Great idea. I always found the end of the linear park trail to be a bit jolting and obviously artificial. The horses were a nice curiosity for kids but I’d prefer the whole trail and river open to all users. It felt like that part of the river was privately owned. Restoring that section of the creek to a more natural ecosystem would be wonderful

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Helen Gummow

10 Sep 2020

Totally agree with Lynette - leave as is, spend the money elsewhere, it is lovely as it is. I so enjoy the horses and so do lots of children who come from other suburbs just to see the horses.

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Julie Tang

10 Sep 2020

I like the current artificial channel, its green banks and the horses there very much. I came from a overseas metropolitan city, when I first laid my sight on the banks with the horses, I felt I saw a Europe pasture land; after so many year, I still feel so. It's a change from the wetlands upstream, it’s the only piece that has a straight water flow like what a river-- so beautiful; the river can be easily seen from linear park, unlike at most of the wetland sections, the view is obscured by reeds; the river at this area is so clean-no accumulated rubbishes. Entertainment areas will only make the area less nature and less unique.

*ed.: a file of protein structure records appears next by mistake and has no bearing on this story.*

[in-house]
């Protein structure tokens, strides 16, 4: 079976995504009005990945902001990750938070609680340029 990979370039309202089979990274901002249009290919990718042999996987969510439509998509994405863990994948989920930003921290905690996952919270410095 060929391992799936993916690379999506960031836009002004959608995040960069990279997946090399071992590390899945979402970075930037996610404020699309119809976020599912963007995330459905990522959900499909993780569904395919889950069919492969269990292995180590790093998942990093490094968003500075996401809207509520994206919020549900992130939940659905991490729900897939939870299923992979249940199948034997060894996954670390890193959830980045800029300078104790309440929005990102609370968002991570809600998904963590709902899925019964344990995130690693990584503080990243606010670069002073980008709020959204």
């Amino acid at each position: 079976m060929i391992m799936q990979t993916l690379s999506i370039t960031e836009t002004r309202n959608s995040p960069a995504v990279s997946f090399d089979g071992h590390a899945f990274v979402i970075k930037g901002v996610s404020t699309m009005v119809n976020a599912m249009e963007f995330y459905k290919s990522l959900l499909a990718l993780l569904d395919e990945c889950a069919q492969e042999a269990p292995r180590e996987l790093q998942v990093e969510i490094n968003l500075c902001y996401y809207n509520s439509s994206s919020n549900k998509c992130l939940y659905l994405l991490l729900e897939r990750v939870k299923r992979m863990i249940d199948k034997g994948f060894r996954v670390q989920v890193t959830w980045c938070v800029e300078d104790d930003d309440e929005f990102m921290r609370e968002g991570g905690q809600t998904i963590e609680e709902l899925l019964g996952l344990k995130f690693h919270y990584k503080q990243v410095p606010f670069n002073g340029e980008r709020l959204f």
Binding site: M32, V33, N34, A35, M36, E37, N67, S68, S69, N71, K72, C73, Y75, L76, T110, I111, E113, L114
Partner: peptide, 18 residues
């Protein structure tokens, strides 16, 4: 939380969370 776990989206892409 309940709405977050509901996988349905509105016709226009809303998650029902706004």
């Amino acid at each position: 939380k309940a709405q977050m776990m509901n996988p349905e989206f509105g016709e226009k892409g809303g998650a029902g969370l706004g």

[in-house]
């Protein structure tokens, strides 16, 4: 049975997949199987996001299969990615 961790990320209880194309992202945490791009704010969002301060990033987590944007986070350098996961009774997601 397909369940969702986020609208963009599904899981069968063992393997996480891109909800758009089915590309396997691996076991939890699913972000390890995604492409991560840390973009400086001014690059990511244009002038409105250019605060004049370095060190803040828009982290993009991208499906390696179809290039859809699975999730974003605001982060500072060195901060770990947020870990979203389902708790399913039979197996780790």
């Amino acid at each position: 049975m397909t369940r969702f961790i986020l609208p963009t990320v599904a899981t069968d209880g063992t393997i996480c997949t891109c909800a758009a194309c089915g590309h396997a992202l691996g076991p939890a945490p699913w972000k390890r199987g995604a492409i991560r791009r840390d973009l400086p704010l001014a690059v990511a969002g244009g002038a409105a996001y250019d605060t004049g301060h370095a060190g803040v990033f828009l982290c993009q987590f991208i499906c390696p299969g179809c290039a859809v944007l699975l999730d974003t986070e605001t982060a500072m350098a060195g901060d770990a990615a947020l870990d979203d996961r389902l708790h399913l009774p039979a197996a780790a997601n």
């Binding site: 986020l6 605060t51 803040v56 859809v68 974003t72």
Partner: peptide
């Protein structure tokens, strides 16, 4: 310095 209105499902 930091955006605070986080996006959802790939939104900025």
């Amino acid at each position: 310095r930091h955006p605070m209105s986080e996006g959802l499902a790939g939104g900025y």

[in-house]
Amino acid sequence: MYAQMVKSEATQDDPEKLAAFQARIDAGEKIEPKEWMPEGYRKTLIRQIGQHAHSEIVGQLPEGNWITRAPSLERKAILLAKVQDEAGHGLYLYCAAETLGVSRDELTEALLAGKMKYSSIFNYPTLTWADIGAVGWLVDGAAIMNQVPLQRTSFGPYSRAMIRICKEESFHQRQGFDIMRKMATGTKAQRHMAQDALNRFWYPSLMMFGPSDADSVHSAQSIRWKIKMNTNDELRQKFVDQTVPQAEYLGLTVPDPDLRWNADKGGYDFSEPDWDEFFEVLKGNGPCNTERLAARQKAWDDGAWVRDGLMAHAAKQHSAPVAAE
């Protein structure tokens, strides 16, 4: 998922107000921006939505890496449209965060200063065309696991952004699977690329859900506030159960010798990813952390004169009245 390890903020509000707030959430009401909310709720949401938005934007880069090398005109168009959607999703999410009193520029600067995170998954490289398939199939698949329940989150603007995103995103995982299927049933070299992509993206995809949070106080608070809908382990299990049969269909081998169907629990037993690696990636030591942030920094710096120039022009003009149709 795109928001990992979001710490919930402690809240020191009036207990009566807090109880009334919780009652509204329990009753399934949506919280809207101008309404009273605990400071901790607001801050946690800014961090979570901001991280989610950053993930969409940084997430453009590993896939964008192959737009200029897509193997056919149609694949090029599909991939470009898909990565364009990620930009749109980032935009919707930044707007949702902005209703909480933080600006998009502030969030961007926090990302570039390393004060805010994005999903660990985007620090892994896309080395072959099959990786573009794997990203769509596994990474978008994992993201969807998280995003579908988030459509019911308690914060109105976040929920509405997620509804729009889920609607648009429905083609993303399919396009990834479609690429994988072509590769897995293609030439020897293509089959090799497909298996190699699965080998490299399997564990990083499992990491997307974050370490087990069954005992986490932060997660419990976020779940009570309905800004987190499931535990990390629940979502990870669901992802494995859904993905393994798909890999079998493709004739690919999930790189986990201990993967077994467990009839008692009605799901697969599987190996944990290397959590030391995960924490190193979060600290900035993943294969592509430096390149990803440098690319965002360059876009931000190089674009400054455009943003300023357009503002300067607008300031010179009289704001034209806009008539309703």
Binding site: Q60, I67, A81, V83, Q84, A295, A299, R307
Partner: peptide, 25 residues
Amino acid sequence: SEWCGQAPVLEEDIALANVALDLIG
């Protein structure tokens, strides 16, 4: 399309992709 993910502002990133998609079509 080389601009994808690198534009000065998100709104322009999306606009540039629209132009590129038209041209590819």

Please leave it as it is and spend the money to clean up the upstream rubbishes.

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Kym McKay

05 Sep 2020

The so called consultation with the Lockleys Riding Club by SA Water is more like dictation and they will ignore for as long as possible, the LRC has been more than cooperative and moved further down the breakout area as part of the Lockleys Oval upgrade, now only to be pressured into reducing numbers of their horses and an even smaller area for them to use, under the guise of “public Safety” . Typical of these Govt Depts and Boards Greening Adelaide is just a change of name from NRM the bully tactics stay the same.

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John Dundon